The Adventures of Tintin: Breaking Free

Détournement

The Adventures of Tintin: Breaking Free is an anarchist parody of the popular Tintin series of comics. An exercise in detournement (turning expressions of the capitalist system and its media culture against itself), the book was written under the pseudonym J. Daniels and published by Attack International in 1988. It has recently been re-printed by anarchist publishers Freedom Press which includes for the first time Tintin’s earlier adventures during the Wapping dispute as told in ‘The Scum,’ a 1986 pamphlet which was produced in solidarity with the printworkers.

The story features a number of characters based on those from the original series by Hergé, notably Tintin himself and Captain Haddock (referred to only as ‘the Captain’ and depicted here as being Tintin’s uncle), but not the original themes or plot. Snowy is featured on the cover – being especially visible on the first edition’s cover – but not in the narrative. The story tracks Tintin’s development from a disaffected, shoplifting youth to a revolutionary leader.

Its initial release in 1989 caused a furor in the tabloid newspapers in the United Kingdom, who excoriated the comic for recharacterizing Tintin as a ‘picket yob.’ In 1994, ‘The Guardian’ wrote, ‘The interesting things about it are the way each frame is adapted from Hergé’s originals, and the touching belief in the possibility of an upsurge in grassroots socialist radicalism.’ That same year, Martin Rowson, writing in ‘The Independent,’ described the work as a ‘sad little publication’ and called the book’s approach to copyright ‘another acute observation in what I take to be a brilliant post-modern parody of a situationist canard produced during a sit-in at Hornsey School of Art circa 1972. I hope.’

The comic opens with Tintin arriving at the Captain’s flat in a fictional estate, somewhere in England, Tintin has recently been sacked for losing his temper and punching his boss and expresses frustration about being ‘pushed around’ and ‘kicked around like a lump of dogshit.’ The Captain offers to get Tintin a job on a local building site where he works. Tintin meets the local residents and his workmates and is exposed to issues faced by the area, such as racism, gentrification, and general apathy from local government. The anger felt by the working-class people of this town boils over when a construction worker, Joe Hill (apparently named after the anarcho-syndicalist organizer of the same name) falls to his death due to poor safety standards at the local building site. Faced with insensitivity from their manager (‘Had he been drinking?’), as well as apathy and condescension from their trade union official, the construction workers stage an unofficial, wildcat strike. The builders demand better safety standards, improved wages, a change of management for the site and a large sum of money for the family of their dead workmate.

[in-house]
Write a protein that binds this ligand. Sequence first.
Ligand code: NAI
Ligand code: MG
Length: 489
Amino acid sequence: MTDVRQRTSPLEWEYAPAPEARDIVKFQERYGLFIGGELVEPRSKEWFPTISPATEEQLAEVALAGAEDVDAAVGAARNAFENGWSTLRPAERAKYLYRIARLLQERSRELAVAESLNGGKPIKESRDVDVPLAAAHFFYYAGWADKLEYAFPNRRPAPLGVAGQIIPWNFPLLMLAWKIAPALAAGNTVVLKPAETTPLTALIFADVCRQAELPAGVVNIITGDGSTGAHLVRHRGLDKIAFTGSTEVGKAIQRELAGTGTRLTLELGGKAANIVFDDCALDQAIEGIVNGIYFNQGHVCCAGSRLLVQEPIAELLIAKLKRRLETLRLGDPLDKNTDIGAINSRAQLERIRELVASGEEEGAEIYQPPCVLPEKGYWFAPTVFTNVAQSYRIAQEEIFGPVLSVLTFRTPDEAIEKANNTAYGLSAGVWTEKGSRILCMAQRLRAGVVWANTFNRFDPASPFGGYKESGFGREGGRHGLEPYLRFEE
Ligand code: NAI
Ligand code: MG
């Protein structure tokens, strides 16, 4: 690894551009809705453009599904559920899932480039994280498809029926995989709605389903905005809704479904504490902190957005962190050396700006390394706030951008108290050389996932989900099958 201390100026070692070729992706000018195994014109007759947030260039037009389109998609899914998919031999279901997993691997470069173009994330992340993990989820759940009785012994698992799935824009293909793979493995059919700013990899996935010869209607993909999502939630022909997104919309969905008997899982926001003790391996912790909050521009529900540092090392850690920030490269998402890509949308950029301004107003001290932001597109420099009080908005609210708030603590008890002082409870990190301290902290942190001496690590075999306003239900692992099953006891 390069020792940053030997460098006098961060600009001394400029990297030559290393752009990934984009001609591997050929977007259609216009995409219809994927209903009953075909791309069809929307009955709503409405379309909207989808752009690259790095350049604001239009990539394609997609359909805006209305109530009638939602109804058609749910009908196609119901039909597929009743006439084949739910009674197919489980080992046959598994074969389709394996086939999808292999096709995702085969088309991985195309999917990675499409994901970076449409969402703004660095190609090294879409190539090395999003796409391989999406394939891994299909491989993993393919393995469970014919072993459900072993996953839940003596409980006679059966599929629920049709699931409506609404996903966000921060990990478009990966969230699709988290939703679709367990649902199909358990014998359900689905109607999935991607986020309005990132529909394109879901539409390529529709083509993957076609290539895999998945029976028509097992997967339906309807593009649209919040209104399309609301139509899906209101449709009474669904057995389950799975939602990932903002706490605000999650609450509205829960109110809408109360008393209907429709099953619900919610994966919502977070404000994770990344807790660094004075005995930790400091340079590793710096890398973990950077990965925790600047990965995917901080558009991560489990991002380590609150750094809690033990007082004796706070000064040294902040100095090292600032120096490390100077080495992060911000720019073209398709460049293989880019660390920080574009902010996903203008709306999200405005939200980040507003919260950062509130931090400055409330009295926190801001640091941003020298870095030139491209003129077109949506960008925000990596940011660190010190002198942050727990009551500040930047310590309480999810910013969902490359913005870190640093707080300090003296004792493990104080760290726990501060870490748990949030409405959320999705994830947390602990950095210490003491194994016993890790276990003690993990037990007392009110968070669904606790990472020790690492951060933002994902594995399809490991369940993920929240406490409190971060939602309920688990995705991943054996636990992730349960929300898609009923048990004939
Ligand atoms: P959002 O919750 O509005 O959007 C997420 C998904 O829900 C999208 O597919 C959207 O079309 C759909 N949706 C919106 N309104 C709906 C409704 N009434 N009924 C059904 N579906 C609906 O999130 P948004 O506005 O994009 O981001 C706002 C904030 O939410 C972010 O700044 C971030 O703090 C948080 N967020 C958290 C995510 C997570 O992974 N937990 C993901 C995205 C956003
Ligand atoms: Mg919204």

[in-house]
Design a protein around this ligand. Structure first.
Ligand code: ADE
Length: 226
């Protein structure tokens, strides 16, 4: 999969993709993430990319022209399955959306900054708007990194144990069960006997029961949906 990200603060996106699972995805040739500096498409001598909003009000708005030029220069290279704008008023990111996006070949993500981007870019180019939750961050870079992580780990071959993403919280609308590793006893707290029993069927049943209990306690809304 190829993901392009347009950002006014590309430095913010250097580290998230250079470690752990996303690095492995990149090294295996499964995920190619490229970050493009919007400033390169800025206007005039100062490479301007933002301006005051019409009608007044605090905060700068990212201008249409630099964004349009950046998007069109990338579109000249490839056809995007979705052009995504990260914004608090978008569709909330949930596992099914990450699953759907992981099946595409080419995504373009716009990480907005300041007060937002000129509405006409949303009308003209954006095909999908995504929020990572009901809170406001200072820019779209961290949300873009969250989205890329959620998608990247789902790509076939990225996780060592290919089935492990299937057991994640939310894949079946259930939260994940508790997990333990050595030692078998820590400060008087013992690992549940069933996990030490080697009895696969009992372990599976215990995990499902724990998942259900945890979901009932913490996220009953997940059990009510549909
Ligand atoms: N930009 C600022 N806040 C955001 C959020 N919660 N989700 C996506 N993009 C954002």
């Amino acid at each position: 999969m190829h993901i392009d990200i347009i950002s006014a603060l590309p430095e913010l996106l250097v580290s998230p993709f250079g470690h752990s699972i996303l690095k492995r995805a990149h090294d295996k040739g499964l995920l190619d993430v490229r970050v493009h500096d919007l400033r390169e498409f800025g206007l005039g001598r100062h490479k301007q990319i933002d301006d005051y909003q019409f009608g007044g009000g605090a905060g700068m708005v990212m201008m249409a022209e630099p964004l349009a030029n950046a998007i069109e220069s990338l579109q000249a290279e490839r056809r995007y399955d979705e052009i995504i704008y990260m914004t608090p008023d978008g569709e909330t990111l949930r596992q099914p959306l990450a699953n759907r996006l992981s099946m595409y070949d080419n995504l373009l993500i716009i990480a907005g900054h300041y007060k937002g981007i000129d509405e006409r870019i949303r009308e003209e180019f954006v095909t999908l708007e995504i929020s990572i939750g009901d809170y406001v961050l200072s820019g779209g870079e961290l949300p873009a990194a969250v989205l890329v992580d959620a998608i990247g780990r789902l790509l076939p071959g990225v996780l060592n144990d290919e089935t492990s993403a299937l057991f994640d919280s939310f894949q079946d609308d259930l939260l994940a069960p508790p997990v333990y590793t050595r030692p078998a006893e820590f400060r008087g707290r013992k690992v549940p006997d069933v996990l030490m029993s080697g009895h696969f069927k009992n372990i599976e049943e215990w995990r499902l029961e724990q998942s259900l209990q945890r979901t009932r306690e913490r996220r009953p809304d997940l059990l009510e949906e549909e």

The strike escalates, with management refusing to concede any of the demands, doing under the table deals with union officials to bring in scab labor. Meanwhile, the strike begins to spread to other local workplaces, becoming a symbol of class struggle, as well as a struggle for better short-term conditions. The workers become increasingly militant, turning to violent tactics and eventually firebombing the original building site. The strike begins to spread to other areas of the country without any official union involvement. Panicked, the UK government deals with strikers with increasing violence and repression, demonstrations turn into riots, and the Captain is arrested on false charges of conspiracy. As the story closes, there is a demonstration of half a million people in the town in which the events of the book unfold, several people have brought rifles and references are made to ‘strike committees’ taking power in other areas of the country, the army being sent into Liverpool to ‘restore order,’ and similar unrest taking place around the world. The last page features the Captain, Tintin, and the Captain’s Wife Mary in silhouette. Tintin holds an assault rifle above his head, while the others raise their fists. Below is written: ‘This Is Not The End / Only the beginning…’

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